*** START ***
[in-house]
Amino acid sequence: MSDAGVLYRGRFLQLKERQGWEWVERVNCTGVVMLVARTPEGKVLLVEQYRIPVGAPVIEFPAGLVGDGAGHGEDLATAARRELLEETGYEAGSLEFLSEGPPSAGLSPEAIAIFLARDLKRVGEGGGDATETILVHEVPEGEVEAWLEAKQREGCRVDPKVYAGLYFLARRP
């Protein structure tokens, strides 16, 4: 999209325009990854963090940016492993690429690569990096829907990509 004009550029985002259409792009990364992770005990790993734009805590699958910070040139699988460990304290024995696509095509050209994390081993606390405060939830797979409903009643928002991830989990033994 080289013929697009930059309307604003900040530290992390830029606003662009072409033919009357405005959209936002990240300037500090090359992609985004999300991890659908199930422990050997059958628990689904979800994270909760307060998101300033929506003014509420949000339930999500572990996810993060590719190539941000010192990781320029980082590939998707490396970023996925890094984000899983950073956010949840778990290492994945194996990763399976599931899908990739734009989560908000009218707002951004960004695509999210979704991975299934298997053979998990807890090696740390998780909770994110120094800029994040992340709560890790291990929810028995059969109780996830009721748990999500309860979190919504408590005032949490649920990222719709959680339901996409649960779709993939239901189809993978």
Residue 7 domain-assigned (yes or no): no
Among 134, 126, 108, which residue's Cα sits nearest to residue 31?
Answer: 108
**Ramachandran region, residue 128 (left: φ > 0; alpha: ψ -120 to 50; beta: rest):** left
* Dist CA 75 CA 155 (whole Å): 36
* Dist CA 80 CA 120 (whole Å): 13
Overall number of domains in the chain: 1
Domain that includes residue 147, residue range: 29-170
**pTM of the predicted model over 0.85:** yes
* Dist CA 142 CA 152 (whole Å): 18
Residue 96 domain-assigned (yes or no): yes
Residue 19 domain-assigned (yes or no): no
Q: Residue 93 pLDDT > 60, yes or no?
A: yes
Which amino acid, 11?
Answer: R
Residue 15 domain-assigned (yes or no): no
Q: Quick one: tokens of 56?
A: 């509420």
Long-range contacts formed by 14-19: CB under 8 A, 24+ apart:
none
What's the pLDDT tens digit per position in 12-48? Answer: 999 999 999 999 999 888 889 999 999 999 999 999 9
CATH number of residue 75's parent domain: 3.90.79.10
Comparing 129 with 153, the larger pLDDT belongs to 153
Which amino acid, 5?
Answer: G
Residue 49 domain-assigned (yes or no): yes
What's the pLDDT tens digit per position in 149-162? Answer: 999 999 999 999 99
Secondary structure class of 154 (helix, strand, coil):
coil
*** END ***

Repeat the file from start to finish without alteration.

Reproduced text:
[in-house]
Amino acid sequence: MSDAGVLYRGRFLQLKERQGWEWVERVNCTGVVMLVARTPEGKVLLVEQYRIPVGAPVIEFPAGLVGDGAGHGEDLATAARRELLEETGYEAGSLEFLSEGPPSAGLSPEAIAIFLARDLKRVGEGGGDATETILVHEVPEGEVEAWLEAKQREGCRVDPKVYAGLYFLARRP
């Protein structure tokens, strides 16, 4: 999209325009990854963090940016492993690429690569990096829907990509 004009550029985002259409792009990364992770005990790993734009805590699958910070040139699988460990304290024995696509095509050209994390081993606390405060939830797979409903009643928002991830989990033994 080289013929697009930059309307604003900040530290992390830029606003662009072409033919009357405005959209936002990240300037500090090359992609985004999300991890659908199930422990050997059958628990689904979800994270909760307060998101300033929506003014509420949000339930999500572990996810993060590719190539941000010192990781320029980082590939998707490396970023996925890094984000899983950073956010949840778990290492994945194996990763399976599931899908990739734009989560908000009218707002951004960004695509999210979704991975299934298997053979998990807890090696740390998780909770994110120094800029994040992340709560890790291990929810028995059969109780996830009721748990999500309860979190919504408590005032949490649920990222719709959680339901996409649960779709993939239901189809993978």
Residue 7 domain-assigned (yes or no): no
Among 134, 126, 108, which residue's Cα sits nearest to residue 31?
Answer: 108
**Ramachandran region, residue 128 (left: φ > 0; alpha: ψ -120 to 50; beta: rest):** left
* Dist CA 75 CA 155 (whole Å): 36
* Dist CA 80 CA 120 (whole Å): 13
Overall number of domains in the chain: 1
Domain that includes residue 147, residue range: 29-170
**pTM of the predicted model over 0.85:** yes
* Dist CA 142 CA 152 (whole Å): 18
Residue 96 domain-assigned (yes or no): yes
Residue 19 domain-assigned (yes or no): no
Q: Residue 93 pLDDT > 60, yes or no?
A: yes
Which amino acid, 11?
Answer: R
Residue 15 domain-assigned (yes or no): no
Q: Quick one: tokens of 56?
A: 């509420």
Long-range contacts formed by 14-19: CB under 8 A, 24+ apart:
none
What's the pLDDT tens digit per position in 12-48? Answer: 999 999 999 999 999 888 889 999 999 999 999 999 9
CATH number of residue 75's parent domain: 3.90.79.10
Comparing 129 with 153, the larger pLDDT belongs to 153
Which amino acid, 5?
Answer: G
Residue 49 domain-assigned (yes or no): yes
What's the pLDDT tens digit per position in 149-162? Answer: 999 999 999 999 99
Secondary structure class of 154 (helix, strand, coil):
coil